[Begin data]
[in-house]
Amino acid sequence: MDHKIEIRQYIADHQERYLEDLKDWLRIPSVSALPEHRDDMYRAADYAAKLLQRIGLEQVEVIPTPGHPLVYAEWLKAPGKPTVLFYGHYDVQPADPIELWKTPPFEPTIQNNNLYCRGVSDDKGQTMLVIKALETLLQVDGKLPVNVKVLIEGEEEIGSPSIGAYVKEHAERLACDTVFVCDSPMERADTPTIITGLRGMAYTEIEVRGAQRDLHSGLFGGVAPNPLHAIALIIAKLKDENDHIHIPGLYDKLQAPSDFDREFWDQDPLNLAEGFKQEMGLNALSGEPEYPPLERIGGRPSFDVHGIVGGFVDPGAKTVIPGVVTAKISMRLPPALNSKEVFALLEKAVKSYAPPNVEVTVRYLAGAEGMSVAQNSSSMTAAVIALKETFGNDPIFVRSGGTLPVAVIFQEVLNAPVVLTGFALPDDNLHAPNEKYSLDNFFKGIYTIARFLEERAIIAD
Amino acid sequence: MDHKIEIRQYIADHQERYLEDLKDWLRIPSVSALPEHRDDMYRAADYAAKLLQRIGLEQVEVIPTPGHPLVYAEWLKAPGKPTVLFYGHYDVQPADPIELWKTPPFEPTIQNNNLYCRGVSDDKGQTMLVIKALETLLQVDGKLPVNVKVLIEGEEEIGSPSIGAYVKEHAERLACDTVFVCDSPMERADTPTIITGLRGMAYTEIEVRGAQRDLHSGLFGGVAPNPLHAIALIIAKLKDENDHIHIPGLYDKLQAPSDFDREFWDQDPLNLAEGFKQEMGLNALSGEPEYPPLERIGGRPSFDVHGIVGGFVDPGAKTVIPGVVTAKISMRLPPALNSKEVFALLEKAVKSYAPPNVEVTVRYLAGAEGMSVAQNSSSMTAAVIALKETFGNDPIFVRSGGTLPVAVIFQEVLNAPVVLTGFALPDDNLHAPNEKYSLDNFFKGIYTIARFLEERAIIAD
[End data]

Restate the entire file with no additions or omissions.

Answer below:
[in-house]
Amino acid sequence: MDHKIEIRQYIADHQERYLEDLKDWLRIPSVSALPEHRDDMYRAADYAAKLLQRIGLEQVEVIPTPGHPLVYAEWLKAPGKPTVLFYGHYDVQPADPIELWKTPPFEPTIQNNNLYCRGVSDDKGQTMLVIKALETLLQVDGKLPVNVKVLIEGEEEIGSPSIGAYVKEHAERLACDTVFVCDSPMERADTPTIITGLRGMAYTEIEVRGAQRDLHSGLFGGVAPNPLHAIALIIAKLKDENDHIHIPGLYDKLQAPSDFDREFWDQDPLNLAEGFKQEMGLNALSGEPEYPPLERIGGRPSFDVHGIVGGFVDPGAKTVIPGVVTAKISMRLPPALNSKEVFALLEKAVKSYAPPNVEVTVRYLAGAEGMSVAQNSSSMTAAVIALKETFGNDPIFVRSGGTLPVAVIFQEVLNAPVVLTGFALPDDNLHAPNEKYSLDNFFKGIYTIARFLEERAIIAD
Amino acid sequence: MDHKIEIRQYIADHQERYLEDLKDWLRIPSVSALPEHRDDMYRAADYAAKLLQRIGLEQVEVIPTPGHPLVYAEWLKAPGKPTVLFYGHYDVQPADPIELWKTPPFEPTIQNNNLYCRGVSDDKGQTMLVIKALETLLQVDGKLPVNVKVLIEGEEEIGSPSIGAYVKEHAERLACDTVFVCDSPMERADTPTIITGLRGMAYTEIEVRGAQRDLHSGLFGGVAPNPLHAIALIIAKLKDENDHIHIPGLYDKLQAPSDFDREFWDQDPLNLAEGFKQEMGLNALSGEPEYPPLERIGGRPSFDVHGIVGGFVDPGAKTVIPGVVTAKISMRLPPALNSKEVFALLEKAVKSYAPPNVEVTVRYLAGAEGMSVAQNSSSMTAAVIALKETFGNDPIFVRSGGTLPVAVIFQEVLNAPVVLTGFALPDDNLHAPNEKYSLDNFFKGIYTIARFLEERAIIAD